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Wicklow is the county town of County Wicklow, Ireland. It is situated south of Dublin the island's east coast. In 795 AD, marauding Vikings landed in Ireland in order to capture slaves and plunder monasteries and settlements.In the middle of the 9th century, Vikings, attracted to the natural harbor at Wicklow, established a base there.

When the Norman Invasion ended, Wicklow was granted to Maurice FitzGerald, who began building the "Black Castle," which was a fortification that faced land on the coast just south of the harbor. The castle was occupied for a short time by three Irish clans during the uprising of 1641, but the clans left when English troops neared the town.

Sir Charles Coote, leader of the troops, was said by witnesses to have entrapped townspeople and "deliberate burning them to death" and that he had been engaging in "savage and indiscriminate slaughter" of the townspeople in revenge for the death of his father, who was active in the elimination of the Irish insurgents of 1642 and who died defending Trim Castle in County Meath.

The oldest surviving settlement in Wicklow is the Franciscan Abbey, which remains in ruins at the west end of Main Street, in the gardens of the Catholic parish grounds. The Gaol, which was built in 1702, and the town hall also still survive. The Gaol was restored in 1998 and is currently a popular tourist attraction.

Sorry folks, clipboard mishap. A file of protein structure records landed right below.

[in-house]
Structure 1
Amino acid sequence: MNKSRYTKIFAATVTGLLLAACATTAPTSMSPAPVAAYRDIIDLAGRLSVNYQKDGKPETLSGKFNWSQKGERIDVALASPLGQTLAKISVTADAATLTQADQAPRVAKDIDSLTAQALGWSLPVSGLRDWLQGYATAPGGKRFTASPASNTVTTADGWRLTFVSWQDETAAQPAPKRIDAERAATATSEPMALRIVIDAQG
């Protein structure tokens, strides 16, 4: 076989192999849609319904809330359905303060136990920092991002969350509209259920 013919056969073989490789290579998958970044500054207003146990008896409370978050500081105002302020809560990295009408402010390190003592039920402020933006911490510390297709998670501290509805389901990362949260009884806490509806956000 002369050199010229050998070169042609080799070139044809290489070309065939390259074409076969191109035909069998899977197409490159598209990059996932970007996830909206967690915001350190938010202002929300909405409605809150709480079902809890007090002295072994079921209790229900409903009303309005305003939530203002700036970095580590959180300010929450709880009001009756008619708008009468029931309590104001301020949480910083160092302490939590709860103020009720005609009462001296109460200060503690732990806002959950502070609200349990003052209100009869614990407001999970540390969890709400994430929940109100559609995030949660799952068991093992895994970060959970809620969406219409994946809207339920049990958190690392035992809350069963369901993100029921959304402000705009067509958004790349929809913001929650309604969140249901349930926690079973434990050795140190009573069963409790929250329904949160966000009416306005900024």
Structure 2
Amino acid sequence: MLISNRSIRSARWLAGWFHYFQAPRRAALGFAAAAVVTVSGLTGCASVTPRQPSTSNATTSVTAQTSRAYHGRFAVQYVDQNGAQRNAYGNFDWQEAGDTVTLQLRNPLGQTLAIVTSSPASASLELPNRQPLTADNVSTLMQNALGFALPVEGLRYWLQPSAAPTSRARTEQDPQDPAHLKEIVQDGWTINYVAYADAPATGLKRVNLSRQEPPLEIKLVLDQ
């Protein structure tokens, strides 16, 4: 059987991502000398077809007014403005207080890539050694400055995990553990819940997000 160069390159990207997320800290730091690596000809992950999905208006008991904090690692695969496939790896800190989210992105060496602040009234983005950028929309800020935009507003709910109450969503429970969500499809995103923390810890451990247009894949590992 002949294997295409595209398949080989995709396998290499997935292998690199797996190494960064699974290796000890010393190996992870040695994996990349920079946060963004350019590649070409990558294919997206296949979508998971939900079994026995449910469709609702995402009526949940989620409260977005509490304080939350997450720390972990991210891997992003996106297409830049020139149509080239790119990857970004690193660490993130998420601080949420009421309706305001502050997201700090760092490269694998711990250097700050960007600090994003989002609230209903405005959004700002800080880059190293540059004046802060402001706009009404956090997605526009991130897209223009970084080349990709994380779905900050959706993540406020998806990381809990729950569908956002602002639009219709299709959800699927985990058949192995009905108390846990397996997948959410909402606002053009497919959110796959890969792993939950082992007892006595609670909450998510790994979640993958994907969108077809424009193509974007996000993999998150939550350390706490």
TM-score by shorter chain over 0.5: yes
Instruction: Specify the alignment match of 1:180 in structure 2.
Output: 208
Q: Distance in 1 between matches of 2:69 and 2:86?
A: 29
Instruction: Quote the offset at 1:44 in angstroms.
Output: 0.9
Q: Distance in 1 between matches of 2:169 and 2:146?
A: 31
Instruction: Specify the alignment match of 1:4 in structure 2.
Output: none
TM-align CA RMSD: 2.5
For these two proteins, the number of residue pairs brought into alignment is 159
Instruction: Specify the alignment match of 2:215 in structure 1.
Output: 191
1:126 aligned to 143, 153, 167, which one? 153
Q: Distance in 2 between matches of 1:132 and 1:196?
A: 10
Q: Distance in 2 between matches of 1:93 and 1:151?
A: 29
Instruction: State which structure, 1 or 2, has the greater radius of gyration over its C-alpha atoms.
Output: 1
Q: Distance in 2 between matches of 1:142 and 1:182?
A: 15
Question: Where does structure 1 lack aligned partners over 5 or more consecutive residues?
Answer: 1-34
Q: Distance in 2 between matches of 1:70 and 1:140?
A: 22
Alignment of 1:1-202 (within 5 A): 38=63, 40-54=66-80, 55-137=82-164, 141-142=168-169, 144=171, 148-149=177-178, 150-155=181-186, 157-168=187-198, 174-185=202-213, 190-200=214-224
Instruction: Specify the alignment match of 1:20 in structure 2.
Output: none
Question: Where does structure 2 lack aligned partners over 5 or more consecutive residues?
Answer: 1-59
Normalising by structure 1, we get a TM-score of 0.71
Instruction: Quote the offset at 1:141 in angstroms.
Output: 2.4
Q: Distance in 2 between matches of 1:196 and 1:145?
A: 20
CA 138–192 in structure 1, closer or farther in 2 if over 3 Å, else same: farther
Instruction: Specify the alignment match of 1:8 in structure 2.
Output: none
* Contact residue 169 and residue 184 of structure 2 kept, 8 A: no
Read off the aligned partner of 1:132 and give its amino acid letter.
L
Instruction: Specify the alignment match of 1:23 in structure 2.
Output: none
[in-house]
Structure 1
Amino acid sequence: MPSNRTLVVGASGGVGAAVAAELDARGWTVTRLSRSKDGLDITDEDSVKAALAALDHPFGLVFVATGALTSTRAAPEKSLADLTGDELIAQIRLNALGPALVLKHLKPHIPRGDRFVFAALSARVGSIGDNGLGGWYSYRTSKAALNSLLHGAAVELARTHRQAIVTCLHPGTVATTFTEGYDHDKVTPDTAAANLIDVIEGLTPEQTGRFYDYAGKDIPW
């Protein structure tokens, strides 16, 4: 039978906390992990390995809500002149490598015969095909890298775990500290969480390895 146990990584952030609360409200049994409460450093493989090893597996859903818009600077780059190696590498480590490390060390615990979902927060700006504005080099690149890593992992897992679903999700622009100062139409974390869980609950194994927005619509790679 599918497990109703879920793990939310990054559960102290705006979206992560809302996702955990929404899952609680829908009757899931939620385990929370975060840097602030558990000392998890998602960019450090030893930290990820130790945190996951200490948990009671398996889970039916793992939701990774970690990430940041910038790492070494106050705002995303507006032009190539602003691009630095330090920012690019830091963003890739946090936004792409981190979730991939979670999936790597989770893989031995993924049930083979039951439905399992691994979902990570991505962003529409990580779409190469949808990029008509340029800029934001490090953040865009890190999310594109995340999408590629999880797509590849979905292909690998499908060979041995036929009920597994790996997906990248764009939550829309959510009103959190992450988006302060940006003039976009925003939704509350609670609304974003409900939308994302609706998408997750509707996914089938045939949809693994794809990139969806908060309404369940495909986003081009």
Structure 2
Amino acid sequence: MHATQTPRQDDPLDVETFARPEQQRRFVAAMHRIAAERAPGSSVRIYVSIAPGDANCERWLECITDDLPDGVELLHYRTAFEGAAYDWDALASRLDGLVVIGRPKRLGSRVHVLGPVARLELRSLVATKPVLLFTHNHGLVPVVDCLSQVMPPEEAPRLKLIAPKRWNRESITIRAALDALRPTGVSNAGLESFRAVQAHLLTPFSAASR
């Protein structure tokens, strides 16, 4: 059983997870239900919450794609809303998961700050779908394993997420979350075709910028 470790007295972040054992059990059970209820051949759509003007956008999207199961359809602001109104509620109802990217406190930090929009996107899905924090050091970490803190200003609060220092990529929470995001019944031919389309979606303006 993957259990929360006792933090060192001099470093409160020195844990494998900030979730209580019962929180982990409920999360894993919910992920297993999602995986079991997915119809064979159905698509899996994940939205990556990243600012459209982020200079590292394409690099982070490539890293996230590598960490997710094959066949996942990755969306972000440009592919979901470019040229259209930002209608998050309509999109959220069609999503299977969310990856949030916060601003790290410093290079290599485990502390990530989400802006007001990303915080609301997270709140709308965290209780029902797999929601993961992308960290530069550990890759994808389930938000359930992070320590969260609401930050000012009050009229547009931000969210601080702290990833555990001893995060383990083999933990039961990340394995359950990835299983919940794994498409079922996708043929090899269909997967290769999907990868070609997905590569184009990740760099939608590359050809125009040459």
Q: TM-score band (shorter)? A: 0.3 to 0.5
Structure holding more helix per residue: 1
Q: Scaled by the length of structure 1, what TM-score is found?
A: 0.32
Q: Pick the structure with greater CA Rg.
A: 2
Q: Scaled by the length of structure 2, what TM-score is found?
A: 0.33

Many nations had revolts, inspired to a large extent, to the American Revolution, and Ireland was one of those nations. There were deep divisions within the country, including political and economic differences within the country. The Protestant Ascendancy, referred to as "the Ascendancy," was the political, economic and social dominance by a small number of people in Ireland between the 17th to the early 20th century. This powerful minority included some landowners, clergy, and many in the professions. Meanwhile, the Catholic peasants, Jews, and the Presbyterians along with other denominations were quite unhappy with the situation. Property and other large holdings were gradually taken away from those not part of the Ascendancy.

In 1798, the Rebellion in Wicklow began as battles broke out in the town of Wicklow, the surrounding area, and County Wicklow. Those battles centered on driving out loyalist militia out of the region and wresting occupied areas fro the British military. Rebels used guerrilla tactics in the Wicklow Mountains, ambushing the enemy from hiding places already familiar to the rebels. Both leaders and other rebels were pursued, and many were found and housed at the gaol. One of the more notorious of the rebel leaders was Billy Byrne. He had led numerous attacks against loyalists and in 1799, he was tried and found guilty of being a principal rebel leader at the Battle of Arklow and Vinegar Hill. He was executed at the nearby Gallows Lane, which has since been renamed Friar's Hill. A statue of Billy at the center of Market Lane, just down the hill from the Wicklow Gaol.

 

 

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